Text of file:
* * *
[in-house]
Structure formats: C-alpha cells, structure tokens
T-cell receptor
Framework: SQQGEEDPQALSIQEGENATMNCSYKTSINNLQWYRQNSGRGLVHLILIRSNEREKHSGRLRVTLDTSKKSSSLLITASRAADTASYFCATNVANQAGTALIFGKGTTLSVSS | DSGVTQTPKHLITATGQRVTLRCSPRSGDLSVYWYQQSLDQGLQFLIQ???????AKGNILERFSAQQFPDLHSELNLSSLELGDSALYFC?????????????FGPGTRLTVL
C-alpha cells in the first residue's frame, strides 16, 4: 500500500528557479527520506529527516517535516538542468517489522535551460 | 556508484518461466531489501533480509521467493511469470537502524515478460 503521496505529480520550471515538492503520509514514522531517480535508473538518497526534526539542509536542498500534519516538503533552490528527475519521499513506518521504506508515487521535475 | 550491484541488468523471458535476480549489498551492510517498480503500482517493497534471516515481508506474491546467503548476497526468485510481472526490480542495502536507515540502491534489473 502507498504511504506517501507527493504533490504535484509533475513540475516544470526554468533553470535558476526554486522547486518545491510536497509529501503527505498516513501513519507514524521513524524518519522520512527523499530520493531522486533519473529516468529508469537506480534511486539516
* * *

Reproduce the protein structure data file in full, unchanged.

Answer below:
[in-house]
Structure formats: C-alpha cells, structure tokens
T-cell receptor
Framework: SQQGEEDPQALSIQEGENATMNCSYKTSINNLQWYRQNSGRGLVHLILIRSNEREKHSGRLRVTLDTSKKSSSLLITASRAADTASYFCATNVANQAGTALIFGKGTTLSVSS | DSGVTQTPKHLITATGQRVTLRCSPRSGDLSVYWYQQSLDQGLQFLIQ???????AKGNILERFSAQQFPDLHSELNLSSLELGDSALYFC?????????????FGPGTRLTVL
C-alpha cells in the first residue's frame, strides 16, 4: 500500500528557479527520506529527516517535516538542468517489522535551460 | 556508484518461466531489501533480509521467493511469470537502524515478460 503521496505529480520550471515538492503520509514514522531517480535508473538518497526534526539542509536542498500534519516538503533552490528527475519521499513506518521504506508515487521535475 | 550491484541488468523471458535476480549489498551492510517498480503500482517493497534471516515481508506474491546467503548476497526468485510481472526490480542495502536507515540502491534489473 502507498504511504506517501507527493504533490504535484509533475513540475516544470526554468533553470535558476526554486522547486518545491510536497509529501503527505498516513501513519507514524521513524524518519522520512527523499530520493531522486533519473529516468529508469537506480534511486539516